Unburdened: How ending my search for purpose allowed me to find peace.

Rick Warren, with his best selling book “The Purpose Driven Life” brought the search for purpose into the mainstream. To date millions of people in a desperate attempt to discover what their purpose is or at least make some sense of their lives have read his book and others like it . Many people have been greatly helped as they sincerely sought to discover their purpose by asking great questions about life, meaning, significance and eternity. I think you’ll agree that everyone could benefit from doing this type of soul searching.

Recently though I have become aware of a troubling trend. A trend found within many Christian circles, groups, organizations and in many churches. I have to admit I am guilty of being swept up by this trend too. My concern is that this trend threatens to undermine purposeful living. In effort to stress the need to discover one’s purpose teachers, authors and leaders may have caused purpose to become the new standard by which we judge a person’s value and worth.

There are several issues I have noticed since purpose has become more mainstream. A major factor is how some Christian leaders, including myself until recently, have been teaching about purpose.  Here are my concerns:

  1. When you attempt to gain meaning only from what you DO instead of who you ARE a troubling pattern emerges. First, you begin to base your worth and value as a human being on success, contribution and accomplishment. Second, you begin to judge other people’s worth and value based on their success, contribution and accomplishment. These two ideals oppose a very important basic belief that many people accept. People like the founding fathers (see the Declaration of Independence), Gandhi, Dr. Martin Luther King, Jr and the person they got the idea from – Jesus. They all believed that all people have innate value and worth based on one truth. All men are created equal. Everyone is created in the image of God.
  2.  Purpose has now become institutionalized instead of personal. In other words organizations, churches, etc. are teaching that without them you can’t know your purpose. Or they will tell you that you should seek to discover what your purpose is and they will be glad to help you but then proceed tell you they know what your purpose is. Your purpose is to serve in their organization, give to their organization, or join their organization. Once you begin to do those things you will discover your purpose because those things are your purpose. Yet, even though the individual may feel good about those things because in many cases doing those things are good things to do the individual is no closer to discovering his or her purpose. I might add that the person is no better off because he or she has unknowingly exchanged institutional purpose for personal responsibility.  (That can be good especially when what one’s purpose has been to indulge in rebellion and sin. But that is a fledgling type of faith that all new Christians need and experience as they learn what it means to live in Christ).  Be cautious: “I will follow the institution” may replace “I will seek and follow Christ.”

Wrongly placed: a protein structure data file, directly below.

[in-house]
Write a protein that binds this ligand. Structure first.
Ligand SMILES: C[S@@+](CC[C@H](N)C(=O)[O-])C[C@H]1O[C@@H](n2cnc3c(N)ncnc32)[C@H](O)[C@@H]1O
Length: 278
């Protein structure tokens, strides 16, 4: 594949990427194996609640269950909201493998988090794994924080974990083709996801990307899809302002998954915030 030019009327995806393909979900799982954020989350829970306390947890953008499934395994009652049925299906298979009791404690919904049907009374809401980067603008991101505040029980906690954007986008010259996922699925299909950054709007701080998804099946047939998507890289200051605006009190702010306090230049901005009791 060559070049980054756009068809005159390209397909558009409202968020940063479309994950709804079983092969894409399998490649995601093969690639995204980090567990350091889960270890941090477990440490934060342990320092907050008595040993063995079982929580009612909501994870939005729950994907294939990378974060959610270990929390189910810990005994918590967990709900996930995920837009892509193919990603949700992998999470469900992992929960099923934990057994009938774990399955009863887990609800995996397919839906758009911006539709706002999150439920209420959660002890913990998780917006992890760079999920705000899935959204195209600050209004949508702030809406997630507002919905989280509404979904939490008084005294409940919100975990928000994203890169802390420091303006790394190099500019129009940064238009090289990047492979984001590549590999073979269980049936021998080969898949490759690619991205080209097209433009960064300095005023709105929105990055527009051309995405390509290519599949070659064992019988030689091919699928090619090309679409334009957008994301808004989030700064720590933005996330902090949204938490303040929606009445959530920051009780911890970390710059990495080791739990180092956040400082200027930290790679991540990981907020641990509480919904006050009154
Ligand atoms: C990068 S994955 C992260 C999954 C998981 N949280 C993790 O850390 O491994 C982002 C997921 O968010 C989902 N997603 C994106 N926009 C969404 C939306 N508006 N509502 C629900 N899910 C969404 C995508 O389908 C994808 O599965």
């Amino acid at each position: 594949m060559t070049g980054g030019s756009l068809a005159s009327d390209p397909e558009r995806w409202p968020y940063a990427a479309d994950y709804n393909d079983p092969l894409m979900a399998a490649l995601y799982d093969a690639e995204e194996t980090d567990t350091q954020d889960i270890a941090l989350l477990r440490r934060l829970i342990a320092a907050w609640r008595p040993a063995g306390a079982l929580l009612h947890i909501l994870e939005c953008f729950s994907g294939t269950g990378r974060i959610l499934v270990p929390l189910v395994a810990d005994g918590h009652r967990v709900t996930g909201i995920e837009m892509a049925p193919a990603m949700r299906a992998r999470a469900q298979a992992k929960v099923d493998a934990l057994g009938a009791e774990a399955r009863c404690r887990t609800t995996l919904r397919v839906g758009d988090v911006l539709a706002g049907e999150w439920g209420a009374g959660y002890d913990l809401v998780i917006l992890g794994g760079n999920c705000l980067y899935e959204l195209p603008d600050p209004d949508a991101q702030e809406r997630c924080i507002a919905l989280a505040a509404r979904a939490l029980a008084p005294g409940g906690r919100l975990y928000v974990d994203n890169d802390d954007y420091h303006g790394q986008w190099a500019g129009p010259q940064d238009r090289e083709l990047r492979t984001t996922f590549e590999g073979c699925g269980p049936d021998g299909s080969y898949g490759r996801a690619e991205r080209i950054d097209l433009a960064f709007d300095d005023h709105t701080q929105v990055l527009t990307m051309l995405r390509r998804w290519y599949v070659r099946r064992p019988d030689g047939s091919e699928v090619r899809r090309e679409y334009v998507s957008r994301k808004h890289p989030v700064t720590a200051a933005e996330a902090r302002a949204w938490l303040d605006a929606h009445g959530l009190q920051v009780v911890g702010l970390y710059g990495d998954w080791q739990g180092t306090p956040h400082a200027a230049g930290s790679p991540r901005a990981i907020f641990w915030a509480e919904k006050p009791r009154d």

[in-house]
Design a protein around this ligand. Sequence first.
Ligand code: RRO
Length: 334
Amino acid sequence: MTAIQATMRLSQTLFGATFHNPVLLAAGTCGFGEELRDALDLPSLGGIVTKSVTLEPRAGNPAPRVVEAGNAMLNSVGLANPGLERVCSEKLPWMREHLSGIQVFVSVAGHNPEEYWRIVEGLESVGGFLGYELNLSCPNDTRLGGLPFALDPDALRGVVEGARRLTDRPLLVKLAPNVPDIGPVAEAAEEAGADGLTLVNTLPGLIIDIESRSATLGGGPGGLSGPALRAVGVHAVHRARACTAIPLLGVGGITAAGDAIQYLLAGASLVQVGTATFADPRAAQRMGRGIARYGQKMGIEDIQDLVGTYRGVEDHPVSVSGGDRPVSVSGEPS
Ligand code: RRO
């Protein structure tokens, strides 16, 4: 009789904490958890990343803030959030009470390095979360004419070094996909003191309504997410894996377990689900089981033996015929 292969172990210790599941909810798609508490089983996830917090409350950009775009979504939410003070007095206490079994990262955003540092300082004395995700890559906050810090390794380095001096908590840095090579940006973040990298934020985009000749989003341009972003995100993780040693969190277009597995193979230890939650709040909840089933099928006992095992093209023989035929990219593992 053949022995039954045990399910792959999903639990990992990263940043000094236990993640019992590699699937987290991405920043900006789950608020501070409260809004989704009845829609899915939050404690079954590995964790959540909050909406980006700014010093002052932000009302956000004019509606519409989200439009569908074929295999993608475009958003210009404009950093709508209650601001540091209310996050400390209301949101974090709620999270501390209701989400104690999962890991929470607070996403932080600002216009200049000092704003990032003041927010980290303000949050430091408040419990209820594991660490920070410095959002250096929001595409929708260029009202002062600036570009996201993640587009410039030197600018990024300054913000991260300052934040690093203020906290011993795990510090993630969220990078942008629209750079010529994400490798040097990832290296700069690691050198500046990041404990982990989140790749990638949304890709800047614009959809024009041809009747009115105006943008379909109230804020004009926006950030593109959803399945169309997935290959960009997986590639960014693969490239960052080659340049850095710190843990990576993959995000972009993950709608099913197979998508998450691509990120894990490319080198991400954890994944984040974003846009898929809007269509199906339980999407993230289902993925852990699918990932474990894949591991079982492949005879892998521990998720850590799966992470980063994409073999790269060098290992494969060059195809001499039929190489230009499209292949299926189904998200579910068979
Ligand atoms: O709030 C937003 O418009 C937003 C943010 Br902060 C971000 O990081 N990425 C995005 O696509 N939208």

Riding on the coattails of point 2 is the next point:

  3. Purpose is in danger of becoming the new legalism. It is the new standard for measuring a person’s faith, performance, devotion, relationship to God and righteousness. Much like the Pharisee’s of Jesus day who used the law to manipulate the masses and stay in control of the Jewish religious system some Christian Leaders, Churches and organizations have with good intentions unintentionally “institutionalized” purpose.

Don’t get me wrong I do believe that a person who is connected to a healthy body of believers will be motivated to discover his purpose and to live purposefully. But purpose has almost become a measurement used to discover who is greater, better, more devoted, more obedient, more sacrificial, etc. Worse, some Church leaders use a person’s deep longing to have meaning to manipulate, control and guilt them into action. Even worse (and this is why it is the new legalism) finding your purpose is being promoted with such veracity in some circles that it becomes the new law that needs to be observed in order to attain, sustain or improve a person’s standing with God. In other words, purpose has become a works based righteousness instead of something that flows out of an abiding, faith in, relationship with Jesus.

So, we’ve come full circle. Is one’s worth and value found by “doing” or “being”? Surely since “you are” you have inherent worth and value. Jesus died for you before you did anything – good or bad. Since, that is true your inherent value and worth cannot be increased by what you do including; perfectly living in God’s perfect will. Now, don’t misinterpret what I am saying because “doing” will erupt out of “being”. (I will share in an upcoming post how I believe we can know our value and worth. Surprisingly, it is by recognizing the inherent value and worth in others. Hint: It’s found in The Greatest Commandment.)

However, that is not how “Purpose” is being taught, therein lies the danger of it becoming new version of works-based righteousness. When purpose is taught as “You have to find and live in your purpose or you won’t be acceptable or pleasing to God” it becomes a works based righteousness. Can you see the danger in that line of reasoning?

In the next post I intend to explore “purpose” more. I intend to address our tendency to stress over and worry whether or not we are in “God’s perfect will for our lives”. As I now see it I find it hard to believe that many of the people whose lives are recorded in the Scripture continuously fretted over “discovering” their purpose or spent near as much time as we modern people do worrying about it.